Since Tom and Hazel both brought up comics artist Greg Land recently, I thought I might mention that I was interested-but-wary of the Marvel Now! Iron Man series because on the one hand Gillen but on the other hand Land* and then I read it and was disgumused (disgusted/amused) by Land’s inability to draw Tony Stark doing anything but leering and smirking so heavily it would be distracting in a Carry On film and it’s a relief when he puts on the suit. I don’t much care for the Secret Revelations of a Hidden Past! storyline either, so I’m out altogether; but I’m not sorry to have another reason to roll my eyes whenever Greg Land’s name comes up.
(I will concede that his layouts and use of negative space are often enjoyably striking. Milo Manara does good detail work too; doesn’t mean I respect his thirty-years-of-drawing-the-same-woman-every-time ass.)
*I’m not the best person to explain any of this, but in brief I like Kieron Gillen’s writing, particularly his Journey into Mystery and Young Avengers, which display an unusual thoughtfulness and willingness to embrace emotional stakes in the middle of Cosmic Foofaraw that goes beyond the typical hurt-someone-close-to-the-hero bullshit of hero-oriented storytelling; and I despise Greg Land for his obnoxious overreliance on photo reference, but particularly his unabashedly tracing of porn layouts for female characters.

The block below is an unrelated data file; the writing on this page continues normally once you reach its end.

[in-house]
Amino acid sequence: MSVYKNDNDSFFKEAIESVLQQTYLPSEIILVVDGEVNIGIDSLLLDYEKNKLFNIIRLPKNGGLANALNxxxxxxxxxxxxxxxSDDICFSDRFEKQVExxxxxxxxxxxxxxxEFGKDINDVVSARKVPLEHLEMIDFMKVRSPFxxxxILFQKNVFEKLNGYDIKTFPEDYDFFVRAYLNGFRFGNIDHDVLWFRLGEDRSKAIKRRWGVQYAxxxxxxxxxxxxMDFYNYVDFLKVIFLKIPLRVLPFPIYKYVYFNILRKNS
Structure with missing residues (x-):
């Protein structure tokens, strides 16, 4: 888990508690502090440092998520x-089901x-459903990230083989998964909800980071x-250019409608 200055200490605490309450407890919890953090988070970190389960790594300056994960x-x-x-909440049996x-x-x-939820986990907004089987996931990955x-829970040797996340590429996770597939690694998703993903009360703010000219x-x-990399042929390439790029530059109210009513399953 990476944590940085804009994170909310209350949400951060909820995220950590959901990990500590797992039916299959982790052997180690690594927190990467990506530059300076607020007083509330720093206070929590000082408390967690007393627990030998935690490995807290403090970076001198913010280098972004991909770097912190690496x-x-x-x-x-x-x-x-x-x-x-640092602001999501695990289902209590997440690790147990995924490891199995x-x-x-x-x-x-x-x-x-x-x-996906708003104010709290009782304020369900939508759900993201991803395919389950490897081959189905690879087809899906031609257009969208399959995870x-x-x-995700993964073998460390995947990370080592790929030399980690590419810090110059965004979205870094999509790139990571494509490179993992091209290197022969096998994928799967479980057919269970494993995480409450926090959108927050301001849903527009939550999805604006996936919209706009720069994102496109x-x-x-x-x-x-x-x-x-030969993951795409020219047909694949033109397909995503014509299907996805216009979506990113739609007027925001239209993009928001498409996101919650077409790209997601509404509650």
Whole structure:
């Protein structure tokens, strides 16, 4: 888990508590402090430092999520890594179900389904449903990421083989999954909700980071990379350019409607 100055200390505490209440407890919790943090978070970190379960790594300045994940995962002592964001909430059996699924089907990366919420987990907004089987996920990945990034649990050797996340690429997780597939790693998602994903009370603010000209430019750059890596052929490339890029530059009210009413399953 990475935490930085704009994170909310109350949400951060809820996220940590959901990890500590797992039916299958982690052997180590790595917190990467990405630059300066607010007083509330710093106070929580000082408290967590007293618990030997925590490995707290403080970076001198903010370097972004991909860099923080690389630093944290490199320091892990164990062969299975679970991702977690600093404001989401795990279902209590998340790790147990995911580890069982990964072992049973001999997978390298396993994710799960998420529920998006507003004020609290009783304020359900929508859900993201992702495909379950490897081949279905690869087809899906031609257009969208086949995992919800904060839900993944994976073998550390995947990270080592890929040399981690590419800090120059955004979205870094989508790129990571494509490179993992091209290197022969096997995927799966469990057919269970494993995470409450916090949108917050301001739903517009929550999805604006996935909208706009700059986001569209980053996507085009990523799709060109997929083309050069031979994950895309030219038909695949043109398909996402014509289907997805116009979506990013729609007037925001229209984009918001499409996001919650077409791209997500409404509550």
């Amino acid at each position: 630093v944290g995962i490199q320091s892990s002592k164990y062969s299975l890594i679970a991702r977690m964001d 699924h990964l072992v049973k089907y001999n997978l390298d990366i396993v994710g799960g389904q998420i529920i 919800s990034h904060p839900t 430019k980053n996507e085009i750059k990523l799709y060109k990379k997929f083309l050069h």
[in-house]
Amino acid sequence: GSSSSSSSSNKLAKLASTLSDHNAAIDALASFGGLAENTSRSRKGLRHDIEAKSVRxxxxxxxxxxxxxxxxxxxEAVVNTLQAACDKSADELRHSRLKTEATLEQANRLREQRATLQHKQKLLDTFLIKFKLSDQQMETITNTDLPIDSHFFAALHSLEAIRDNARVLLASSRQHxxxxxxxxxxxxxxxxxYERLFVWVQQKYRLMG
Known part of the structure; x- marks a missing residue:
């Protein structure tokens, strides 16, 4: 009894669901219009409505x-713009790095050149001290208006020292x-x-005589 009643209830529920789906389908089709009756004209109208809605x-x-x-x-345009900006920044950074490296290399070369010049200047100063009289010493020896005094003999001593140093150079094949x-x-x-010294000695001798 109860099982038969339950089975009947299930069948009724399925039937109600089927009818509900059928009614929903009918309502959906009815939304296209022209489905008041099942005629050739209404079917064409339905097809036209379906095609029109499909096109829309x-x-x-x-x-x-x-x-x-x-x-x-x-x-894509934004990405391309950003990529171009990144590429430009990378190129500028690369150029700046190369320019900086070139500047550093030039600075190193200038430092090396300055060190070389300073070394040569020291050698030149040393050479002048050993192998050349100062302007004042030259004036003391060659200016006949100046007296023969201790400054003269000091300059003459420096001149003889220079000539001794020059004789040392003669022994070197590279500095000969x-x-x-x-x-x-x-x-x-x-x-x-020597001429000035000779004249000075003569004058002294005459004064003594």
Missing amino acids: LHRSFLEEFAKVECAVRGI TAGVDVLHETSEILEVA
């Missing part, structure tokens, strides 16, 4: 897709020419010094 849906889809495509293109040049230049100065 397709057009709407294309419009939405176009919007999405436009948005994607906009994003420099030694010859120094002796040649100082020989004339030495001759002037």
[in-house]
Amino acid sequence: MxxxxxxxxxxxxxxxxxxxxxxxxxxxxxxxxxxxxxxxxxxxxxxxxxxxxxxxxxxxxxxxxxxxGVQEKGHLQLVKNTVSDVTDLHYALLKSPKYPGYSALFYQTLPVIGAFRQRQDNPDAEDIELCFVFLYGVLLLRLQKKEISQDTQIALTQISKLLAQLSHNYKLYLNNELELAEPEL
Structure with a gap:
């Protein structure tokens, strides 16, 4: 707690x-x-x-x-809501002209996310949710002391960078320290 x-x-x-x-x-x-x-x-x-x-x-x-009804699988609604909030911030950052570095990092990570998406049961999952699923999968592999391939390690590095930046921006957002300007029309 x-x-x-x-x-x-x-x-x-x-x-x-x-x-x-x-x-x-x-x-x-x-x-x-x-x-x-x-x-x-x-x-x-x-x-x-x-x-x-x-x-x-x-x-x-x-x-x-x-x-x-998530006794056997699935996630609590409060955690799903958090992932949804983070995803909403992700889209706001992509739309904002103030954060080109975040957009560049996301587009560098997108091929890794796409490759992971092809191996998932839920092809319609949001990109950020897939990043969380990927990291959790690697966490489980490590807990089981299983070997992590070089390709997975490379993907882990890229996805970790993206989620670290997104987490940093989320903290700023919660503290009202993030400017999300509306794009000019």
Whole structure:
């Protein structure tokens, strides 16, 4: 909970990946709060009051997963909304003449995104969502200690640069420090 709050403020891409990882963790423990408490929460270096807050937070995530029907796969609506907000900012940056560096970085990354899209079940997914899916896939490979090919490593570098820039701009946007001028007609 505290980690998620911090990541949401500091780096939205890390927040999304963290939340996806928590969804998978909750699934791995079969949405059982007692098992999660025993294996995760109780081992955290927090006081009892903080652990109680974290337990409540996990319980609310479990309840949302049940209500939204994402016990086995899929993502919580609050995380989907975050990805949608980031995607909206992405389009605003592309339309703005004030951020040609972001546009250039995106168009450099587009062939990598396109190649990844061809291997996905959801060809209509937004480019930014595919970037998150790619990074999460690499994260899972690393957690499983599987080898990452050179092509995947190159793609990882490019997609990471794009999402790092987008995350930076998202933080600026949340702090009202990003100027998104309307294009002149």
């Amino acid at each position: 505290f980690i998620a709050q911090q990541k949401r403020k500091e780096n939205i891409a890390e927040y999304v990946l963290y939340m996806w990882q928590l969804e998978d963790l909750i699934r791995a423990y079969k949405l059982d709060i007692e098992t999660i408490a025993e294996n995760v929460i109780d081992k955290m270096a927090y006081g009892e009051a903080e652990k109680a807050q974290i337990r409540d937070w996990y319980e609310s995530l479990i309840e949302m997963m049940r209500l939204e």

Which isn’t to say that I’m totally enamored of the We Are Cartoonists In The Noble Tradition Of Charles Schulz brigade, either. It was about ten years ago that the sentence “I’m not a big Chris Ware fan, possibly because my adolescence was not notably unhappier than my childhood” first passed my lips, and the same sentiment applies in varying degrees to Chester Brown, Daniel Clowes, Ivan Brunetti, and Seth.
Let me be clear: I love each of these guys’ work, I think they’re all master cartoonists, I owe them an enormous aesthetic debt. This is really only
a critique of skepticism about the emotional content of their work.
nickminichino replied to your post:
alan moore channeling c.s. lewis > alan moore channeling lewis carroll (i assume. i’m not going anywhere near lost girls)I only got partway through Lost Girls, which might be an embarrassing confession (lol no one finishes a porn) if the truth weren’t even more embarrassing (it wasn’t doing it for me, in any of the relevant senses).
I have a fractious relationship in general with the “UK wave” of writers who, no question, did a lot to make a certain segment of US mainstream comics intellectually compelling and hilariously subversive in the 80s and 90s. Alan Moore, Neil Gaiman, Grant Morrison, Garth Ennis, and Warren Ellis are usually the quintet I’m thinking of, though Jamie Delano, Peter Milligan, John Wagner, and Mark (fucking) Millar also had an impact; but since they’re not hero-worshipped by fans in quite the same way I don’t feel so truculently opposed to them.
As a recovering Anglophile, I’m always going to be attracted by UK attempts to explain the US, but as a patriot, which means someone who places a lot of stock in the US’s own ability to explain itself, I’m never going to be convinced.